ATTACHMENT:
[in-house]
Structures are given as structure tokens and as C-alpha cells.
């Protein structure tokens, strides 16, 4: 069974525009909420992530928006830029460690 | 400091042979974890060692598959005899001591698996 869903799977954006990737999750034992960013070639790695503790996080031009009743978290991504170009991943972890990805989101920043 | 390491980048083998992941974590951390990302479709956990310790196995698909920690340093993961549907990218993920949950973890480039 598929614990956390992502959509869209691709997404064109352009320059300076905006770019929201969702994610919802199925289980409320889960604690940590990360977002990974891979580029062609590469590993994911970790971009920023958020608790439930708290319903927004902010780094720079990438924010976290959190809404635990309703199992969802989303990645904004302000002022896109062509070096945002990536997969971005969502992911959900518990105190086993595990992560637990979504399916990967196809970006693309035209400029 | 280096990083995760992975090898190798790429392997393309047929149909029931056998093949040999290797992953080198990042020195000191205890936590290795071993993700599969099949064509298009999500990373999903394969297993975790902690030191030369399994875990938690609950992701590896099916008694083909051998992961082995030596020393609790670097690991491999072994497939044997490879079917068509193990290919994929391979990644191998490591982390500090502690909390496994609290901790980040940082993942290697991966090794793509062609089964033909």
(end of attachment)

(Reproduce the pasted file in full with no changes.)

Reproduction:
[in-house]
Structures are given as structure tokens and as C-alpha cells.
């Protein structure tokens, strides 16, 4: 069974525009909420992530928006830029460690 | 400091042979974890060692598959005899001591698996 869903799977954006990737999750034992960013070639790695503790996080031009009743978290991504170009991943972890990805989101920043 | 390491980048083998992941974590951390990302479709956990310790196995698909920690340093993961549907990218993920949950973890480039 598929614990956390992502959509869209691709997404064109352009320059300076905006770019929201969702994610919802199925289980409320889960604690940590990360977002990974891979580029062609590469590993994911970790971009920023958020608790439930708290319903927004902010780094720079990438924010976290959190809404635990309703199992969802989303990645904004302000002022896109062509070096945002990536997969971005969502992911959900518990105190086993595990992560637990979504399916990967196809970006693309035209400029 | 280096990083995760992975090898190798790429392997393309047929149909029931056998093949040999290797992953080198990042020195000191205890936590290795071993993700599969099949064509298009999500990373999903394969297993975790902690030191030369399994875990938690609950992701590896099916008694083909051998992961082995030596020393609790670097690991491999072994497939044997490879079917068509193990290919994929391979990644191998490591982390500090502690909390496994609290901790980040940082993942290697991966090794793509062609089964033909």